SOUTH OF THE WALL // BMW SCRAMBLER
“Travel is fatal to prejudice, bigotry, and narrow-mindedness, and many of our people need it sorely on these accounts. Broad, wholesome, charitable views of men and things cannot be acquired by vegetating in one little corner of the earth all one’s lifetime.” – Mark Twain
Directed by Sinuhe Xavier
Shot by Andrew Laboy
Words & photography by Stephen Smith
"I was in the city of Oaxaca working on a film shoot about the magical powers of mezcal when I met Miguel Lerdo, the owner of Concept Racer, a boutique motorcycle shop in the La Roma neighborhood of Mexico City. Our film had a scene where this gringo is riding a motorcycle through the valleys of Oaxaca looking for something real, something to wake him up from his midlife lethargy. Miguel brought down a beautiful Triumph Scrambler for our film hero to ride. If you know about working on set, you know there is a tremendous amount of downtime, be it waiting for the sun to set or the cameras to get set up. There is no better way to kill time than putting the hurt on an off-road motorcycle. Miguel and I flew down the dirt roads of rural Oaxaca, putting just the right amount of grit on the bike to make it look legit.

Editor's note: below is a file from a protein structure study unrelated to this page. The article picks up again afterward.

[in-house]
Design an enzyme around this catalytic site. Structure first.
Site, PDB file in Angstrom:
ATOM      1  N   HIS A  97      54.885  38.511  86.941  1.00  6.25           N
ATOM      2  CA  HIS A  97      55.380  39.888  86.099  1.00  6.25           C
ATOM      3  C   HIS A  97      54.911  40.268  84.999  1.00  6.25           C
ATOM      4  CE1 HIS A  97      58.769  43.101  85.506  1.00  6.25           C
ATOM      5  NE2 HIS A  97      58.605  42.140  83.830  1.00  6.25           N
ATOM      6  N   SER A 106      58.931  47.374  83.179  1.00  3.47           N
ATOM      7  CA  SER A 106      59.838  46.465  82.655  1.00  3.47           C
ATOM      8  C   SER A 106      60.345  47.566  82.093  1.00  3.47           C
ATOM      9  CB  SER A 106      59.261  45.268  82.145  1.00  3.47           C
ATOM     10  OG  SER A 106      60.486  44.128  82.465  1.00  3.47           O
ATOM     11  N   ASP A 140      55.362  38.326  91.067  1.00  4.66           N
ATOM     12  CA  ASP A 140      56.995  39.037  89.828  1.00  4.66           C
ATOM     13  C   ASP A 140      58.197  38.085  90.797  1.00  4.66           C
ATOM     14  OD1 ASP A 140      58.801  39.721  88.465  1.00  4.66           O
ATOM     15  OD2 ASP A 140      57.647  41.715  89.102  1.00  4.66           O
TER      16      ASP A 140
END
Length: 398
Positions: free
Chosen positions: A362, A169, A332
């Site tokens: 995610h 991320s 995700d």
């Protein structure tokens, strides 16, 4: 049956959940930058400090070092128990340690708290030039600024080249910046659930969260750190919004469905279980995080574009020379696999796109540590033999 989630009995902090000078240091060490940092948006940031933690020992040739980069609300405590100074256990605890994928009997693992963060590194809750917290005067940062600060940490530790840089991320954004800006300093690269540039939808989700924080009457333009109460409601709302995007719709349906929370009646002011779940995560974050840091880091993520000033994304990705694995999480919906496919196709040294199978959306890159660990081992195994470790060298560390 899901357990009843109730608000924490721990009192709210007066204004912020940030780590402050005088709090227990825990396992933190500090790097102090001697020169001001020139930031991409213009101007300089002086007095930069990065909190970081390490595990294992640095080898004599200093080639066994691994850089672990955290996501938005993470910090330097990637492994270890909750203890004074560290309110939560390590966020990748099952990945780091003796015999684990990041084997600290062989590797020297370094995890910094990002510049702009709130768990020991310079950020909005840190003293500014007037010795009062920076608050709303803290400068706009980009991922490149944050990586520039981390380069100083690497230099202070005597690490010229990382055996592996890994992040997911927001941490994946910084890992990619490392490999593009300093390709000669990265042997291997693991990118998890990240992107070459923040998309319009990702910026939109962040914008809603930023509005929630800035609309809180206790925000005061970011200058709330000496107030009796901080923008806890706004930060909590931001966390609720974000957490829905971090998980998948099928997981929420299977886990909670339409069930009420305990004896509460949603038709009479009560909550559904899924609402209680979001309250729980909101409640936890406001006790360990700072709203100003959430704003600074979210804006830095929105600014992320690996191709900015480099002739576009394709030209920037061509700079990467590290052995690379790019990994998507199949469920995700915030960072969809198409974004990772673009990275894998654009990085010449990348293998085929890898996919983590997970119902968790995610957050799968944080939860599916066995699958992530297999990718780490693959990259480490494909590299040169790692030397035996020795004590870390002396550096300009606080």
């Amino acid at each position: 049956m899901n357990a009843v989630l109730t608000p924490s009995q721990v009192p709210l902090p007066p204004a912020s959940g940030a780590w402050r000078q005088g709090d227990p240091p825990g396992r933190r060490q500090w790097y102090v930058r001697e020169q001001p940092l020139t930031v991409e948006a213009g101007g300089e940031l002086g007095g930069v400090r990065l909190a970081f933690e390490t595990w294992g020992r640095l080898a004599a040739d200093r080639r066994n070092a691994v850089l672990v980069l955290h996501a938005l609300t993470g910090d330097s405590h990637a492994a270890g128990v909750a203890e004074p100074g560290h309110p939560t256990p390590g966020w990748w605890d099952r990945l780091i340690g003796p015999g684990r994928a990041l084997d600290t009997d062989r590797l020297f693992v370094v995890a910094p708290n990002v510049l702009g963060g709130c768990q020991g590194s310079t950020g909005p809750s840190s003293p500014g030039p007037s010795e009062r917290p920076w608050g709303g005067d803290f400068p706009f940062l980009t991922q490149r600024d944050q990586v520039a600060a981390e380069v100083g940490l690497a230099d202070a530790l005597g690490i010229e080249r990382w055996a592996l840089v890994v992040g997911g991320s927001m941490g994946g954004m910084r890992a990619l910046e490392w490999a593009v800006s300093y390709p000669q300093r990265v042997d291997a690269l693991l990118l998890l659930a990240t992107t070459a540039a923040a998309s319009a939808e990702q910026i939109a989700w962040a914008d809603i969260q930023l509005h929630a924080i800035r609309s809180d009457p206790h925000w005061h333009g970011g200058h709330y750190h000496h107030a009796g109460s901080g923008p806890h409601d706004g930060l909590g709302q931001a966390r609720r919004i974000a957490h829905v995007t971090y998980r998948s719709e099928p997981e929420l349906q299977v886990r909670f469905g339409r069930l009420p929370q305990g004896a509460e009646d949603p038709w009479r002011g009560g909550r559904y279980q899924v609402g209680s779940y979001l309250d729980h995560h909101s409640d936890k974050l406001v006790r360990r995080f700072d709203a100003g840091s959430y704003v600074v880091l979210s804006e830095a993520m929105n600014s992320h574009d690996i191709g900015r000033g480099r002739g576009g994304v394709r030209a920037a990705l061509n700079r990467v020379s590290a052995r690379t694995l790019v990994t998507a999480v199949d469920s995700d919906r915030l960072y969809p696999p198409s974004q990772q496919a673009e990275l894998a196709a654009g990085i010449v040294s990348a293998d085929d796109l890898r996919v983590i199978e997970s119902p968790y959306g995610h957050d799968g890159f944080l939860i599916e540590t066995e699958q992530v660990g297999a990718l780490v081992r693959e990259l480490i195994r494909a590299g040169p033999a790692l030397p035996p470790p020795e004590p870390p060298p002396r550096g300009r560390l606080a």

We also had lots of time to talk. Miguel Lerdo is a lawyer. He has traveled around the globe via motorcycle and greets every situation with a smile and positive attitude. We later discovered that we must have missed each other by hours in some South American towns while we were both traveling on solo rides around the continent in 2010. During our first day hanging out in Oaxaca, he told me of some very special places northeast of Mexico City where the desert meets the jungle, leading to a surrealist castle built in the 1940s by the largest collector of Salvador Dalí at the time. He enthusiastically described waterfalls, colorful vegetation, delicious food, and kind people deep in the canyons dropping from Mexico’s central plateau toward the Gulf of Mexico.
Shifting gears, he suggested we make it to the altiplano of the state of San Luis Potosí, to a mountain village by the name of Real de Catorce, where the streets are covered in cobblestone and the nearby desert is the home of the infamous peyote cactus buttons. I was sold."